🎧 The Mystery of Three Quarters by Sophie Hannah @sophiehannahCB1 #JulianRhind-Tutt @HarperAudio #LoveAudiobooks @sophiarose1816

Posted May 22, 2024 by Sophia in Book Review / 16 Comments

🎧 The Mystery of Three Quarters by Sophie Hannah @sophiehannahCB1 #JulianRhind-Tutt @HarperAudio #LoveAudiobooks  @sophiarose1816The Mystery of Three Quarters by Sophie Hannah
Narrator: Julian Rhind-Tutt
Series: New Hercules Poirot Mysteries #3
Published by HarperAudio on August 28, 2018
Genres: Historical Mystery
Length: 9 hours, 58 minutes
Format: Audiobook
Source: Purchased
One StarOne StarOne StarOne Star

Hercule Poirot returns home after an agreeable luncheon to find an angry woman waiting to berate him outside his front door. Her name is Sylvia Rule, and she demands to know why Poirot has accused her of the murder of Barnabas Pandy, a man she has neither heard of nor ever met. She is furious to be so accused, and deeply shocked. Poirot is equally shocked, because he too has never heard of any Barnabas Pandy, and he certainly did not send the letter in question. He cannot convince Sylvia Rule of his innocence, however, and she marches away in a rage.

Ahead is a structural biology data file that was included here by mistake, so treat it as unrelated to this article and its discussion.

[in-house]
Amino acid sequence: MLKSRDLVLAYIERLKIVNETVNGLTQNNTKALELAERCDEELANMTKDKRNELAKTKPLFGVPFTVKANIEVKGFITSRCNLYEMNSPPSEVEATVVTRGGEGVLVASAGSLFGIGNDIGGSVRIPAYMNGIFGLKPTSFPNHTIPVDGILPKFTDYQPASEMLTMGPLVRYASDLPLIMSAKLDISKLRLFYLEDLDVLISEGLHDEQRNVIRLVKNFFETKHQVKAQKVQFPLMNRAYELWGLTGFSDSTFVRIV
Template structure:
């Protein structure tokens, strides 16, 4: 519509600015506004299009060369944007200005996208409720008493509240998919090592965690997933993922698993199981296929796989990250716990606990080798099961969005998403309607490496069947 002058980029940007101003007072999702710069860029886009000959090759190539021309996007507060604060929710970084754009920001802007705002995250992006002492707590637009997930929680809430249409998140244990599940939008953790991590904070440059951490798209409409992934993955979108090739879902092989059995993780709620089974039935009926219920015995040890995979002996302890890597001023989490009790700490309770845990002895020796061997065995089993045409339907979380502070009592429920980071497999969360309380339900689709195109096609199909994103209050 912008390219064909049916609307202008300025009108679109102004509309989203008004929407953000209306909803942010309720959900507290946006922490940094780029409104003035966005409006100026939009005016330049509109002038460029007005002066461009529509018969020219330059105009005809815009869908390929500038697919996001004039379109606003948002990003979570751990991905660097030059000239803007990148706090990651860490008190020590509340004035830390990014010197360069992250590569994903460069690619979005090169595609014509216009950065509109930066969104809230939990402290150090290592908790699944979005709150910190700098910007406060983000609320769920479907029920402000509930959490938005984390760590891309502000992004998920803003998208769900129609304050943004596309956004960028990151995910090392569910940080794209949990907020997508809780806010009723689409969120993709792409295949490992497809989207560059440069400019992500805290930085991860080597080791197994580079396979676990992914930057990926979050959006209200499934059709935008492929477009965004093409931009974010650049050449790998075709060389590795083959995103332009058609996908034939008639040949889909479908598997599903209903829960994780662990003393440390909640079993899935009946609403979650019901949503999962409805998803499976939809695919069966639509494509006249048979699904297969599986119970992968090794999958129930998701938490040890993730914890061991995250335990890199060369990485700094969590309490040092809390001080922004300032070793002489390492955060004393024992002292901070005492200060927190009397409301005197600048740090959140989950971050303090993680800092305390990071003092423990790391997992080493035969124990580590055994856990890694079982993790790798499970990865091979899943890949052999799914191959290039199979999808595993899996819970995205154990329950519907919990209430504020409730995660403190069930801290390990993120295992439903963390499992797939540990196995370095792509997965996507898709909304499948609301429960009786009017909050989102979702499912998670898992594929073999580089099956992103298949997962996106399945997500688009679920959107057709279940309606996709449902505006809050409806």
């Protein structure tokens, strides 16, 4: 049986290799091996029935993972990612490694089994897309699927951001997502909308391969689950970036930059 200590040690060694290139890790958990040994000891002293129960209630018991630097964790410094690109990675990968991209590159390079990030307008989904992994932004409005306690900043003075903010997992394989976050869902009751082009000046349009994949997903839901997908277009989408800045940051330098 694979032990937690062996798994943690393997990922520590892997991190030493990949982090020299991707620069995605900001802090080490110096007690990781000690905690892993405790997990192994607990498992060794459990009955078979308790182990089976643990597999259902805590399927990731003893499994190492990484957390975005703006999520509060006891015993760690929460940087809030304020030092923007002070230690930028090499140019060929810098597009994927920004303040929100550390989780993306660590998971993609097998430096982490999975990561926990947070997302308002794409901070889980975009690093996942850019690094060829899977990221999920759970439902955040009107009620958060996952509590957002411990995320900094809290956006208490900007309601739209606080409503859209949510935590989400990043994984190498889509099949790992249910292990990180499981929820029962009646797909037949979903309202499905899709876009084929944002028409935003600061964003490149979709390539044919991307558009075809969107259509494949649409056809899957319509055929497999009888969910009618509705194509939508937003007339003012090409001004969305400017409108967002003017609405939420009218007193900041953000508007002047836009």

Shaken, Poirot goes inside, only to find that he has a visitor waiting for him -- a man called John McCrodden who also claims also to have received a letter from Poirot that morning, accusing him of the murder of Barnabas Pandy...

Arriving at the third installment in the New Hercule Poirot Mysteries series, I’ve settled in for a comfy listen and a visit with Sophie Hannah’s Hercule Poirot and her engaging original detective creation, Scotland Yard detective, Edward Catchpool.  A blend of historical, cozy mystery, and a nod to Agatha Christie’s detective creation, the light humor and clever twists blend for a delightful listening experience.